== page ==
Children In Conflict/Contact with the Law

Children In Conflict/Contact with the Law

Forgetting That They Are Children

Because of their despondency, poverty and low social status, street children, children of slums and other disempowered children are often in conflict with the law. Due to the relative powerlessness of their parents and/or guardians, these children don’t receive protection from the law, and are prone to arrest and incarceration. Because of a fragmented NGO response, weak institutions, poor governance and a lack of legal protection, children in prison cannot access independent legal counsel. Due to their weakness, children are unable to access their rights. Because of inadequate resources and a lack of training, law enforcement agencies and the prison/corrective staff are not able to work within a context of child rights or understand age-appropriate responses within the juvenile justice system.

Law reform has been neglected and legislation concerning children is antiquated. Who are children? According to the CRC, children are persons under 18. In Bangladesh legislation, children are defined according to various laws. The Children Act 1974 defines them as under 16 years, while in Nari O Shisu Nirjaton Damon Ain, 2000 and the National Child Policy it is 14 years. The Penal Code of 1860 recently laid down a minimum age of criminal responsibility for children of 9 years (previously 7 years), one of the youngest in the world.

Logic would suggest that children held within the criminal justice system should be among the most visible children of all, readily accessible to interventions that ensure their access to health care, education and protection. But often children in conflict with the law effectively cease to be regarded as children. Instead, their perceived transgression is considered to remove them from childhood protection, exposing them to treatment either in exactly the same way as adult offenders or, worse, to having their vulnerability as children abused.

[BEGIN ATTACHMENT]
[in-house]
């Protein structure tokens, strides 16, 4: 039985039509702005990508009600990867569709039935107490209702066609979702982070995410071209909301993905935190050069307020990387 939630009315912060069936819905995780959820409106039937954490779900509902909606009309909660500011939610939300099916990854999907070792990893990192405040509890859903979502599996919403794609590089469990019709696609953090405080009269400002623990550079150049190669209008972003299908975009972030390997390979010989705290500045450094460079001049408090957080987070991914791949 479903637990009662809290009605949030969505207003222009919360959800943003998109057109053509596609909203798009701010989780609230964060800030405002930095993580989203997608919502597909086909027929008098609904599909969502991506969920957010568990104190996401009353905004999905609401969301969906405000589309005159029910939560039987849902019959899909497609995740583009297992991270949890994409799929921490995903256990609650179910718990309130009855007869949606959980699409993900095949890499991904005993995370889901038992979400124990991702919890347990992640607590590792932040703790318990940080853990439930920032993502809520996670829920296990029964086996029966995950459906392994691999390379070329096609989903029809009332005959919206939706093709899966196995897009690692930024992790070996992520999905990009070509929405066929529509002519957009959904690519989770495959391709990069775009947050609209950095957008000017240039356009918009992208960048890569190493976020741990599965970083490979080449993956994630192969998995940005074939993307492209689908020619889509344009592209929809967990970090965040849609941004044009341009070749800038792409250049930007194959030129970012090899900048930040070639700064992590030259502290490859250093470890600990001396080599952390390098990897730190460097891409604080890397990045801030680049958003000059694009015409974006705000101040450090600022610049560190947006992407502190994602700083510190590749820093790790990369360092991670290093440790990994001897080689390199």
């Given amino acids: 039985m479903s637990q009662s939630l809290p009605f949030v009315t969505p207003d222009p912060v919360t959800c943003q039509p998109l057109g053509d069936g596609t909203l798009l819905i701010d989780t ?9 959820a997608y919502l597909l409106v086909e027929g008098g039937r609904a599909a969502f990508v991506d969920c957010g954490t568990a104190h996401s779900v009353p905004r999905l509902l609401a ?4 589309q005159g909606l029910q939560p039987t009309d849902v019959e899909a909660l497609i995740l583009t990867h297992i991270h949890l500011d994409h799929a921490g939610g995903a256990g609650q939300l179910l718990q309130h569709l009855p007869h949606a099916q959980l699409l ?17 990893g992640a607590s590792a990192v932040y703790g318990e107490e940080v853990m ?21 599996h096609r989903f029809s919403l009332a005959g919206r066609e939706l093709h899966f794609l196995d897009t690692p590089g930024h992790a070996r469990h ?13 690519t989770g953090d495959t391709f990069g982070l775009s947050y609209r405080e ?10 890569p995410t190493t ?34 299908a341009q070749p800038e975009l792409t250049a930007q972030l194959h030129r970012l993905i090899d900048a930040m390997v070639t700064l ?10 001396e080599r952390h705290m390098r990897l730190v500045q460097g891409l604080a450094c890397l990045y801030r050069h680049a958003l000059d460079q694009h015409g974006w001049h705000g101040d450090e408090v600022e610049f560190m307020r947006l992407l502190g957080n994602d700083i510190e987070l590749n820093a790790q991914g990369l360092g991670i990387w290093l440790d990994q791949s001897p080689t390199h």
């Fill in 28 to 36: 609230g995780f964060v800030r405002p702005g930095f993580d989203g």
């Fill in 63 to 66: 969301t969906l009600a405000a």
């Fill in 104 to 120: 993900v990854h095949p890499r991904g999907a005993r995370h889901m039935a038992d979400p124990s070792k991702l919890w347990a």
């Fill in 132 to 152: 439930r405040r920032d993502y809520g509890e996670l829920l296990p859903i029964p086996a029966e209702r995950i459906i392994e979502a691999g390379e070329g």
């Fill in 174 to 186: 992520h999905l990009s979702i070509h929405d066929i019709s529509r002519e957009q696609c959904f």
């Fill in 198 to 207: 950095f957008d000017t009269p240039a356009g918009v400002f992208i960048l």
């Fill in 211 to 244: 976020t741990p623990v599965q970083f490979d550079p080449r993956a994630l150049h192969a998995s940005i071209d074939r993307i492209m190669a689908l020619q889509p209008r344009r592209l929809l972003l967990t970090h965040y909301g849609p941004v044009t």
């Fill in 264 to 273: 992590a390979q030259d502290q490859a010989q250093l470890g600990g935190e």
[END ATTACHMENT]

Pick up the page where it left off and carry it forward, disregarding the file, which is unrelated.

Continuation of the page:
Governments have a clear responsibility to protect children in detention from abuse and harm. But they must also question whether a child should be in detention at all. Detention should always be a last resort: In many cases it is too readily adopted as an immediate response to antisocial or disruptive behaviour by children and adolescents, as if removing them out of sight and out of mind is a goal in itself, rather than an unintended consequence.

Juveniles tried at adult courts are more likely to return to crime than those tried in a juvenile system. Yet teenagers continue to be tried in adult courts, and to be given long sentences in adult jails that do not have the staff or infrastructure to deal with the different needs of teenagers – in contravention of the UN Convention on the Rights of the Child.

Serious emotional difficulties are common amongst teenagers who are sent to prison. They experience significant decline in their physical health, making their successful reintegration back into society even more difficult and unlikely. Teenagers suffer inhumane conditions in detention – overcrowding, cold, inadequate food, lice-ridden and insufficient beds, poor sanitation facilities and no exercise. As a result they develop skin disorders, chronic diarrhoea, respiratory illnesses and dental decay. They may be kept in solitary confinement for long periods. Physical abuse and violent interrogation at arrest or during detention cause broken bones, broken eardrums and bruises. Young people are often exposed the risk of sexual abuse in prison, particularly when they are locked up with adults. Parents are commonly denied visitation rights and are often not informed of a child's whereabouts. The death penalty is still applied to juvenile offenders. Children lose out on their education, which also increases the likelihood of a return to crime once they are out.